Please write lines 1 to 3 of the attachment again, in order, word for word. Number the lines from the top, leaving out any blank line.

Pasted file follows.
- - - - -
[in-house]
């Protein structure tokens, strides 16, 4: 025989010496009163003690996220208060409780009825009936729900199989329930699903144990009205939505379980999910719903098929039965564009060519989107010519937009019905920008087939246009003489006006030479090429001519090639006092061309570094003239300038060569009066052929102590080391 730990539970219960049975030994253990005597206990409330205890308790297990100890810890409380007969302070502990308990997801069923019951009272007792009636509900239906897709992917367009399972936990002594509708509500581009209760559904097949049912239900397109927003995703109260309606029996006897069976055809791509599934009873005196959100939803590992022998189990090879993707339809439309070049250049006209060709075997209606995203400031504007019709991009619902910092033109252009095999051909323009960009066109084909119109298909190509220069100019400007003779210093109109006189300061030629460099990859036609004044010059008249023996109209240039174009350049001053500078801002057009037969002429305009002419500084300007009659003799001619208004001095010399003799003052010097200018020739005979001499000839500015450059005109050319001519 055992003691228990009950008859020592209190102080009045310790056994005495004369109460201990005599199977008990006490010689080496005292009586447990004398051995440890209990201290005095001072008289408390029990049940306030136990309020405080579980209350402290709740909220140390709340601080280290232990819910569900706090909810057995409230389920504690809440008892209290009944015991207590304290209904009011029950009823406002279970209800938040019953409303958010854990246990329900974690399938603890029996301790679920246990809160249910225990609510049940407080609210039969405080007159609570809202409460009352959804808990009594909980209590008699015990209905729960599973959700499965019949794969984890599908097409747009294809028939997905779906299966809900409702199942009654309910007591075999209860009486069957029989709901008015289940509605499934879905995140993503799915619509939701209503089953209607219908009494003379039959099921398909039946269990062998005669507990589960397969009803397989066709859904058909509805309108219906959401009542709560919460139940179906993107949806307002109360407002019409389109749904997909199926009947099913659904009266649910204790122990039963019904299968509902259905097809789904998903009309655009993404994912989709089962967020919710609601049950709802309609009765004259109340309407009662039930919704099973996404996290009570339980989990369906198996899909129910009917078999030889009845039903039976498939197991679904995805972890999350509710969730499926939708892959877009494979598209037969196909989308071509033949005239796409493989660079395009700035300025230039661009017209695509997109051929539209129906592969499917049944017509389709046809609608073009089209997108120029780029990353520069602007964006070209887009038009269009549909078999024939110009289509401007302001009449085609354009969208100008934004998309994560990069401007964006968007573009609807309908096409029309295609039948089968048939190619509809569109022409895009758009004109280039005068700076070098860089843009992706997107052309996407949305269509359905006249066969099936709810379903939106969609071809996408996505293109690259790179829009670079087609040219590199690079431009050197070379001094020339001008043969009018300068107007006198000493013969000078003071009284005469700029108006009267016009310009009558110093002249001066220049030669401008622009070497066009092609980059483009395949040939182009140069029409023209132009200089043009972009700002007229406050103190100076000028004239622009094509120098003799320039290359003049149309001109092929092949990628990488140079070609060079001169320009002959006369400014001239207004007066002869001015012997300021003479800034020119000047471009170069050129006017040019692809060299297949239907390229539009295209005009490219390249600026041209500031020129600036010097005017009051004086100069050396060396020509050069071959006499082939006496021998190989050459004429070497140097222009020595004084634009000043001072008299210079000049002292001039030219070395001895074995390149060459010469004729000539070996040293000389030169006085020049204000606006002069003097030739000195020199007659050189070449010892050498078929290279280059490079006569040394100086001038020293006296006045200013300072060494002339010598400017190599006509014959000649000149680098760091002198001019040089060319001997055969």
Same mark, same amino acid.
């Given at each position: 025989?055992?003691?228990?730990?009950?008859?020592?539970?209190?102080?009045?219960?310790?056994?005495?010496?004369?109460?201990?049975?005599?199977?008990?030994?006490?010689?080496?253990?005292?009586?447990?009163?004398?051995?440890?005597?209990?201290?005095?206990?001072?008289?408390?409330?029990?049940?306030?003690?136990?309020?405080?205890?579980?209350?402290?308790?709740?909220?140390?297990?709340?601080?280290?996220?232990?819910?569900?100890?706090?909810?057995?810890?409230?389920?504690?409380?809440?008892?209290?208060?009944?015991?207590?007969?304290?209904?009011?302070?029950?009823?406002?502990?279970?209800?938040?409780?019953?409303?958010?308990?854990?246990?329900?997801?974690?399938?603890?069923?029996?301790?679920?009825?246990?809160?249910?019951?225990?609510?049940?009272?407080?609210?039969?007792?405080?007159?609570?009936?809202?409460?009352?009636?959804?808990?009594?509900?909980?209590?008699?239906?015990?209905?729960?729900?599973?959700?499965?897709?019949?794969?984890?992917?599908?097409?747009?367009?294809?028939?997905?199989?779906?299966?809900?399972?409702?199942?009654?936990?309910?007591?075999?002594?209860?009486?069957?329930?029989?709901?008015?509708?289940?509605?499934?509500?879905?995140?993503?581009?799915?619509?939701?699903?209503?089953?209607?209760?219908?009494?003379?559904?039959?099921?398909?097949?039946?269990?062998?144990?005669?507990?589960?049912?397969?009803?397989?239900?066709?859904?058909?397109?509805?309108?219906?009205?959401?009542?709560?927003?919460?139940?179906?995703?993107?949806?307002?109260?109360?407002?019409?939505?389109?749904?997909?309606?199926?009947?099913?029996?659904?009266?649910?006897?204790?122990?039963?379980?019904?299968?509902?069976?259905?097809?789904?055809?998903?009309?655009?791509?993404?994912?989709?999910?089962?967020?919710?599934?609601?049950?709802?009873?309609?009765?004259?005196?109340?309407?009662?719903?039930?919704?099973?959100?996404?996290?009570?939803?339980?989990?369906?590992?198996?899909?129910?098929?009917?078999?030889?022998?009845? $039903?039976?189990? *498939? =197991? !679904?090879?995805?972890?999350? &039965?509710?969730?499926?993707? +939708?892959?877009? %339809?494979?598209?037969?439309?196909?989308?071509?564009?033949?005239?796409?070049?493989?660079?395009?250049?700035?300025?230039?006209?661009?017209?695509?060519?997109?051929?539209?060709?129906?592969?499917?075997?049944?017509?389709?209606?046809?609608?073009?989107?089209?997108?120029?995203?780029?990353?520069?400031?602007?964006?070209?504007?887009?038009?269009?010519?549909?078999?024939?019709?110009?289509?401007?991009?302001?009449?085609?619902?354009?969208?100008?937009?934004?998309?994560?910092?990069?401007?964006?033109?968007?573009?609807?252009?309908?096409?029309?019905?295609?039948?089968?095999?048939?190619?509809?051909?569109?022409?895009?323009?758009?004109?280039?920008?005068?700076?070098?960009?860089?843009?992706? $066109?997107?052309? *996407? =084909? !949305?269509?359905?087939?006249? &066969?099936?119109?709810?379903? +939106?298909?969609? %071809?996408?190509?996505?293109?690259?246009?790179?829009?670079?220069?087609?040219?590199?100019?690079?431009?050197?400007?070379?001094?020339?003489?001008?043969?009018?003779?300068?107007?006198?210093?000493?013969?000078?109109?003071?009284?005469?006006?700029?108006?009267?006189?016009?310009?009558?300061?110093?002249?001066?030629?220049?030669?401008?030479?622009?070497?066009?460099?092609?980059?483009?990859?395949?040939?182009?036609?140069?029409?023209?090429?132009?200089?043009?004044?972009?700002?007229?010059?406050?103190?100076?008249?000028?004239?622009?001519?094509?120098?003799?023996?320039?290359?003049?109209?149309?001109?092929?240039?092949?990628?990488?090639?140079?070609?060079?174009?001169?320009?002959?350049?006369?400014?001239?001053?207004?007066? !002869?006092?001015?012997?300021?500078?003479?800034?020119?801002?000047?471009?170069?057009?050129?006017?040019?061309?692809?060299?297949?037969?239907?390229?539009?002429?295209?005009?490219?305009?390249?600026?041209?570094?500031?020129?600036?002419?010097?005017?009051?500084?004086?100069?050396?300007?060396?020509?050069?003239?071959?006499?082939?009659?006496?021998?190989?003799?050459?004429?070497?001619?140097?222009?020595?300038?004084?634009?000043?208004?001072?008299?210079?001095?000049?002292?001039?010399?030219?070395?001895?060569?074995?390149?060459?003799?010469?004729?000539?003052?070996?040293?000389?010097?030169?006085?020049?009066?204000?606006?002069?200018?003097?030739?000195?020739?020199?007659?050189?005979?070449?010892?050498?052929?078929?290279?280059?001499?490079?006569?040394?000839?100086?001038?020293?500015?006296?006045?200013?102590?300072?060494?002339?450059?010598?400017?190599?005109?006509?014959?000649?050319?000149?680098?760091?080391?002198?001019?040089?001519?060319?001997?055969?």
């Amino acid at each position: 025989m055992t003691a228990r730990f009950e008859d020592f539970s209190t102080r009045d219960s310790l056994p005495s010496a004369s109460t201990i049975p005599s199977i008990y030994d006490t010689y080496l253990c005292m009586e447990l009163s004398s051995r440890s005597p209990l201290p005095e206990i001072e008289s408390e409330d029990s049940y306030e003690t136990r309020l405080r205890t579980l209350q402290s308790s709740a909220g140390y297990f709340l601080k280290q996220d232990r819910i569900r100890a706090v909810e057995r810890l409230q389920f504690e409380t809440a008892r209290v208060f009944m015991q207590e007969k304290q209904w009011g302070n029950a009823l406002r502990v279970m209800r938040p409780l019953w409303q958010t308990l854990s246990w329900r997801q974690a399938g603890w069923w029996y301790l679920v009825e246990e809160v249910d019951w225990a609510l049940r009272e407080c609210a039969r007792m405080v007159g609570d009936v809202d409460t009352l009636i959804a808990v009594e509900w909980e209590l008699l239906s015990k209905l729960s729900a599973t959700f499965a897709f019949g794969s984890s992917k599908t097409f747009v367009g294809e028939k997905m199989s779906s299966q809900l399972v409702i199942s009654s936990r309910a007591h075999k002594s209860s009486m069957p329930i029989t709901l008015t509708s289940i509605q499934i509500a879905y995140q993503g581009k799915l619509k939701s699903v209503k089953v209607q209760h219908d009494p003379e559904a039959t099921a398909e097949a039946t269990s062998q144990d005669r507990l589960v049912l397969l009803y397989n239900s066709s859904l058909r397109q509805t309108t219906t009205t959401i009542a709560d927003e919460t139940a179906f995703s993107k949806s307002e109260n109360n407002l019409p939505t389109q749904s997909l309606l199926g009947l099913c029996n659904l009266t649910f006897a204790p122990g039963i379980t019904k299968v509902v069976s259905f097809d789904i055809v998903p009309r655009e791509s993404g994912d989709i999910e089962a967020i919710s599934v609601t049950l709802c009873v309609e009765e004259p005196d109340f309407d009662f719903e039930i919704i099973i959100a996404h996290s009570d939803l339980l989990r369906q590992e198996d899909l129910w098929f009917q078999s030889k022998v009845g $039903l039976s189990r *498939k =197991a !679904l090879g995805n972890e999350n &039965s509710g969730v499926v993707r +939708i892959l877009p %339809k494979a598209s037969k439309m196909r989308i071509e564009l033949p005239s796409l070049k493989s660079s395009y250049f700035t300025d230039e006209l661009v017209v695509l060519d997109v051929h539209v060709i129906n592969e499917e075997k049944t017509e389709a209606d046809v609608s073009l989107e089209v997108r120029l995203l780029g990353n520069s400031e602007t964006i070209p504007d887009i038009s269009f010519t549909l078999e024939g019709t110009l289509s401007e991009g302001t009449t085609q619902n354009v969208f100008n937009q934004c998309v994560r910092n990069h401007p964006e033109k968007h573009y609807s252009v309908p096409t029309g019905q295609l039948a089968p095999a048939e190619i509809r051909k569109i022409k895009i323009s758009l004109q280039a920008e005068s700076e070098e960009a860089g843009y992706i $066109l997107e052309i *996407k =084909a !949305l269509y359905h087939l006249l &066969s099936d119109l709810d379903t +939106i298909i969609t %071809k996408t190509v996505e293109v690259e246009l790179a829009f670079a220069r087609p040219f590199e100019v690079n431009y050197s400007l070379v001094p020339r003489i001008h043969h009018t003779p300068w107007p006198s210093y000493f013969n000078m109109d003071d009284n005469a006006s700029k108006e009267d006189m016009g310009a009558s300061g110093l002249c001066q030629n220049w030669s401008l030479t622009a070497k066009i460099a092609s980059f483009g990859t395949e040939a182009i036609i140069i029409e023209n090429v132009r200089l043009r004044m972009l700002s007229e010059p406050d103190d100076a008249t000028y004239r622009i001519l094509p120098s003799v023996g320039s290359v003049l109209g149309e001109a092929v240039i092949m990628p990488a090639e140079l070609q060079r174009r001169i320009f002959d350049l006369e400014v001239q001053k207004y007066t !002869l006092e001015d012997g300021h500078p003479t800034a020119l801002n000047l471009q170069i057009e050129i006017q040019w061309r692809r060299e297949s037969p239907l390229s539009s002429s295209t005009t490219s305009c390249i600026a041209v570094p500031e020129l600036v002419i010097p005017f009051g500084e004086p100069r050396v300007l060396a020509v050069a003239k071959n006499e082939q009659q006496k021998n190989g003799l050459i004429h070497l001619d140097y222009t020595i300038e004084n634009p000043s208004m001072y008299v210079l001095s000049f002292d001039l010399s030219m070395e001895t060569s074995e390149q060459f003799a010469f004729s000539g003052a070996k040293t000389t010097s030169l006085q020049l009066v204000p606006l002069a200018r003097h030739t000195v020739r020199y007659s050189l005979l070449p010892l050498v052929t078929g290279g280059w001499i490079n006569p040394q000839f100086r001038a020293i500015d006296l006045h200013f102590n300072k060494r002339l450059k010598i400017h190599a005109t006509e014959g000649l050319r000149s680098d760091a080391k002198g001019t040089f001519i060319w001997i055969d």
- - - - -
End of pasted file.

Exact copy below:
[in-house]
């Protein structure tokens, strides 16, 4: 025989010496009163003690996220208060409780009825009936729900199989329930699903144990009205939505379980999910719903098929039965564009060519989107010519937009019905920008087939246009003489006006030479090429001519090639006092061309570094003239300038060569009066052929102590080391 730990539970219960049975030994253990005597206990409330205890308790297990100890810890409380007969302070502990308990997801069923019951009272007792009636509900239906897709992917367009399972936990002594509708509500581009209760559904097949049912239900397109927003995703109260309606029996006897069976055809791509599934009873005196959100939803590992022998189990090879993707339809439309070049250049006209060709075997209606995203400031504007019709991009619902910092033109252009095999051909323009960009066109084909119109298909190509220069100019400007003779210093109109006189300061030629460099990859036609004044010059008249023996109209240039174009350049001053500078801002057009037969002429305009002419500084300007009659003799001619208004001095010399003799003052010097200018020739005979001499000839500015450059005109050319001519 055992003691228990009950008859020592209190102080009045310790056994005495004369109460201990005599199977008990006490010689080496005292009586447990004398051995440890209990201290005095001072008289408390029990049940306030136990309020405080579980209350402290709740909220140390709340601080280290232990819910569900706090909810057995409230389920504690809440008892209290009944015991207590304290209904009011029950009823406002279970209800938040019953409303958010854990246990329900974690399938603890029996301790679920246990809160249910225990609510049940407080609210039969405080007159609570809202409460009352959804808990009594909980209590008699015990209905729960599973959700499965019949794969984890599908097409747009294809028939997905779906299966809900409702199942009654309910007591075999209860009486069957029989709901008015289940509605499934879905995140993503799915619509939701209503089953209607219908009494003379039959099921398909039946269990062998005669507990589960397969009803397989066709859904058909509805309108219906959401009542709560919460139940179906993107949806307002109360407002019409389109749904997909199926009947099913659904009266649910204790122990039963019904299968509902259905097809789904998903009309655009993404994912989709089962967020919710609601049950709802309609009765004259109340309407009662039930919704099973996404996290009570339980989990369906198996899909129910009917078999030889009845039903039976498939197991679904995805972890999350509710969730499926939708892959877009494979598209037969196909989308071509033949005239796409493989660079395009700035300025230039661009017209695509997109051929539209129906592969499917049944017509389709046809609608073009089209997108120029780029990353520069602007964006070209887009038009269009549909078999024939110009289509401007302001009449085609354009969208100008934004998309994560990069401007964006968007573009609807309908096409029309295609039948089968048939190619509809569109022409895009758009004109280039005068700076070098860089843009992706997107052309996407949305269509359905006249066969099936709810379903939106969609071809996408996505293109690259790179829009670079087609040219590199690079431009050197070379001094020339001008043969009018300068107007006198000493013969000078003071009284005469700029108006009267016009310009009558110093002249001066220049030669401008622009070497066009092609980059483009395949040939182009140069029409023209132009200089043009972009700002007229406050103190100076000028004239622009094509120098003799320039290359003049149309001109092929092949990628990488140079070609060079001169320009002959006369400014001239207004007066002869001015012997300021003479800034020119000047471009170069050129006017040019692809060299297949239907390229539009295209005009490219390249600026041209500031020129600036010097005017009051004086100069050396060396020509050069071959006499082939006496021998190989050459004429070497140097222009020595004084634009000043001072008299210079000049002292001039030219070395001895074995390149060459010469004729000539070996040293000389030169006085020049204000606006002069003097030739000195020199007659050189070449010892050498078929290279280059490079006569040394100086001038020293006296006045200013300072060494002339010598400017190599006509014959000649000149680098760091002198001019040089060319001997055969």
Same mark, same amino acid.